[Beowulf] Re: vectors vs. loops

Vincent Diepeveen diep at xs4all.nl
Tue May 3 17:40:17 PDT 2005

At 06:03 PM 5/3/2005 +0200, Philippe Blaise wrote:
>Robert G. Brown wrote:
>>Still, the marketplace speaks for itself.  It doesn't argue, and isn't
>>legendary, it just is.
>But, does the hpc marketplace have a direction ?
>Few years ago, some people had a "fantastic vision" to replace the 
>vector machines market :
>use big clusters of SMPs with the help of the new paradigm of hybrid 
>mpi/openmp programming.
>Then the main vendors (usa), except Cray, were very happy to sell giant 
>clusters of smp machines.
>Nevertheless, the japanese guys built the "earth simulator" ; which is 
>still the most powerful machine in the world
>(don't trust this stupid top500 list).
>Then Cray came back ... with vector machines...
>Don't underestimate the power of vector machines.
>Yes Fujitsu or NEC vector machines are still very efficient, even with 
>non contiguous memory access (!!).
>One year ago, the only cpus that sometimes were able to equal vectorial 
>cpus were alpha (ev7) and itanum2 with
>big caches and / or fast memory access. Remember that alpha is dead. 
>Have a look to the itanium2 market shares.
>The marketplace is not a good argument at all.
>Vectorization and parallelization are compatible
>Hybrid mpi/openmp programming  is a harder task than mpi/vector programming.
>If you have enough money and if your program is vectorizable, buy a 
>vector machine of course.
>Cluster of SMPs ? they will remain an efficient and low cost solution, 
>(and quite easy to be sold
>by a mass vendor).
>And thanks to cluster of SMPs with the help of linux, the HPC market is 
>now "democratic".
>Of course, it would be nice to have a true vector unit on a P4 or Opteron.
>But the problem will be the memory access again.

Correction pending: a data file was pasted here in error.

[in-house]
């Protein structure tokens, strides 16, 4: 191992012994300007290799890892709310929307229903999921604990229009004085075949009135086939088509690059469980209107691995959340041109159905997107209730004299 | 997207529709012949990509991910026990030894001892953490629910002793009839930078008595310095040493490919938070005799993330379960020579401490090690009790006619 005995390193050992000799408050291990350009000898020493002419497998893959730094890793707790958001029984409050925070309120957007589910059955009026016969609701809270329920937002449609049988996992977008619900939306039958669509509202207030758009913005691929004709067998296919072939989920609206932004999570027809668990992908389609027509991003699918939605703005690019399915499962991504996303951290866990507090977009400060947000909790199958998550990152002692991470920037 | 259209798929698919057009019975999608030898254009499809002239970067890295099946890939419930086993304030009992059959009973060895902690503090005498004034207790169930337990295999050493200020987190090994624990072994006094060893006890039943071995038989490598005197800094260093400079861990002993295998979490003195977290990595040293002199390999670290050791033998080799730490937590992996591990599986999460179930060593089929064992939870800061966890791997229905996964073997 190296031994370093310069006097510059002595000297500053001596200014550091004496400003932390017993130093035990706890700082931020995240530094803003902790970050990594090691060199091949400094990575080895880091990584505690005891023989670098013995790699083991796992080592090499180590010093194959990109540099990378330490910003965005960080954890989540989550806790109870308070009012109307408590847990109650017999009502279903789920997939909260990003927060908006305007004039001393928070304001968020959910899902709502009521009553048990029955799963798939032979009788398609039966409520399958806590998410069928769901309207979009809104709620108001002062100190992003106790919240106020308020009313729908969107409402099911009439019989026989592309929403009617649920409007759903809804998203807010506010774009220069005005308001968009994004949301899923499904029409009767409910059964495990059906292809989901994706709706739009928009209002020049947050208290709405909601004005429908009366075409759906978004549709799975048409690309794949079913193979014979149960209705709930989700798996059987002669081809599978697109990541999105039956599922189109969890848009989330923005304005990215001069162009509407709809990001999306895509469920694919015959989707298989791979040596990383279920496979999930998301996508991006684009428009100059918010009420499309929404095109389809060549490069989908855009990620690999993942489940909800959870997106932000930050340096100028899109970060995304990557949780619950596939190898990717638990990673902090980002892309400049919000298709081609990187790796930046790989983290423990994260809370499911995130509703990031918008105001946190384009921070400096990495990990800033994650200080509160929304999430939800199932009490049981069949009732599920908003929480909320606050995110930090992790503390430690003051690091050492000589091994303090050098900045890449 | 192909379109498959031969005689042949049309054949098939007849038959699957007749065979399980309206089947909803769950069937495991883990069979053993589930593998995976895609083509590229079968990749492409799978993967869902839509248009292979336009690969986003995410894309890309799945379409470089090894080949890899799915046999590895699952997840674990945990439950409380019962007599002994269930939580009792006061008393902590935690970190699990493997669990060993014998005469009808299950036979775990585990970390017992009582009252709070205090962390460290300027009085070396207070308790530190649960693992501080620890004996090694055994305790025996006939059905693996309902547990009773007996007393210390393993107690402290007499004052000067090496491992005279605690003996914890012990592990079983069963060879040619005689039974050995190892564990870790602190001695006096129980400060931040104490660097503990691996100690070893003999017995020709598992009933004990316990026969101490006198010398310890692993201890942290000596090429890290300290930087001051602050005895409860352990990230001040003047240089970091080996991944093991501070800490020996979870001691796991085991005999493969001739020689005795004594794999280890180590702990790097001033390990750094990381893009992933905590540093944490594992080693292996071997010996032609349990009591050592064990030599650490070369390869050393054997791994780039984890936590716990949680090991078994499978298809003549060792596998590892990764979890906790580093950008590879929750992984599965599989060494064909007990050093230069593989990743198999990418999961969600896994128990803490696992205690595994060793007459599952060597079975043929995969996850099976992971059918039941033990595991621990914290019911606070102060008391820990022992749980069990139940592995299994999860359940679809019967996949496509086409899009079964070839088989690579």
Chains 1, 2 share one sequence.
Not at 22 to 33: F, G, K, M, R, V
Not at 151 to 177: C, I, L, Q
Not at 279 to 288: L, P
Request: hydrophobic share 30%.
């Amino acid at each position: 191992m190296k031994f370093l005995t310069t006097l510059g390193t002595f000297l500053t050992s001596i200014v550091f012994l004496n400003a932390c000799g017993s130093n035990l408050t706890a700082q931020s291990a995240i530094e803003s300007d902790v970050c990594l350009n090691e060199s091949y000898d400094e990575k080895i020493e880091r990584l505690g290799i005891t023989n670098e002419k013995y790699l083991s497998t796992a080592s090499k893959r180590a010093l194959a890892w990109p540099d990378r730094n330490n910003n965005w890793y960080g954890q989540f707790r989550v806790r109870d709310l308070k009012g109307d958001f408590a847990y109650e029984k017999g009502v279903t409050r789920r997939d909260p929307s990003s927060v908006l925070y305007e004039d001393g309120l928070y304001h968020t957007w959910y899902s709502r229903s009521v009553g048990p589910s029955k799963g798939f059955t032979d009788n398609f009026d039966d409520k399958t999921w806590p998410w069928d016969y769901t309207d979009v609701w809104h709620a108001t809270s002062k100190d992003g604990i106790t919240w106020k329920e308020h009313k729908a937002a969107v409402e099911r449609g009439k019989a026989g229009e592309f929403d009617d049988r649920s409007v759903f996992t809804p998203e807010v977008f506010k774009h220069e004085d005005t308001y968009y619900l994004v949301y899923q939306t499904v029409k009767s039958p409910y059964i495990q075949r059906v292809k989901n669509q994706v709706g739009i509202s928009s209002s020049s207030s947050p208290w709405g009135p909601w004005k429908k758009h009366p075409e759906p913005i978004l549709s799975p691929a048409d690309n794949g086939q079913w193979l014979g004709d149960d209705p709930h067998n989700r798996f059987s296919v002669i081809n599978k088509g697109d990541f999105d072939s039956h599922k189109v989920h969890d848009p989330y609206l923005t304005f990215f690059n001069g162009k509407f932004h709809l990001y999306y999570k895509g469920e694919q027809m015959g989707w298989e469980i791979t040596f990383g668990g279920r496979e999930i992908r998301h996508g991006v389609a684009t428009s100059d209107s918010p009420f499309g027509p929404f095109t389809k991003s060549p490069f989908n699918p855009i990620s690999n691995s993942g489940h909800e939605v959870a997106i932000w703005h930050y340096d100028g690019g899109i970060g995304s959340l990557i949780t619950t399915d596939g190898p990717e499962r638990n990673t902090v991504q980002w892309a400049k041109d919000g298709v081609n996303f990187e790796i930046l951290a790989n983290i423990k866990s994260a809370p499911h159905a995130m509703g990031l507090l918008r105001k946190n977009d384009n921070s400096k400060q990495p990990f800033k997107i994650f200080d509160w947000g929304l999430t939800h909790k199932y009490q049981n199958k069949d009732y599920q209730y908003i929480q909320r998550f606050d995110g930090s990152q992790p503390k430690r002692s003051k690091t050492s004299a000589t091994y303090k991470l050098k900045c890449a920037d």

P4 has a lot of weak chains in its caches indeed, but there is weaker ones.

If we speak about opteron let's assume we want to do a bit faster
multiplication of a few big integers, but not too big, so FFT is useless,
but other methods are interesting to use.

You want to multiply 64 bits x 64 bits producing 128 bits result.

Opteron can do that every other cycle. So it has a 2 cycle latency so to

Way nicer would be every cycle 1 multiplication, or even 2.

So basically such multiplication work can get speeded up drastically by
improving the chip rather than the memory bandwidth.

A 2 fold speed improvement would not be so bad.

Oh about L1 cache, the L1 cache has no problems keeping up. It can do 2
reads simultaneously from L1 cache.

In fact all that complaints about memory bandwidth IMHO is a lack of
understanding how hardware works.

Please have a good look at a benchmark of dual core opteron. Yes it SHARES
the same memory controller for 2 cores now:


So you see diep has a scaling of 3.92 at a dual opteron, dual core.

That means basically that memory, despite it using a memory profile of
400MB, hardly is a problem.

Still not convinced?

Why not multiply a matrix size 200MB times a matrix 200MB.

How much memory bandwidth (non-L1/L2 cache bandwidth) does it generate,
when very efficient programmed, versus how many CALCULATIONS in the
hardware are needed?

If you put the 2 besides each other you will soon realize the real problem.

You want more multiplications+adds a second, not so much memory, assuming a
decent L3 cache size.


>  Phil.
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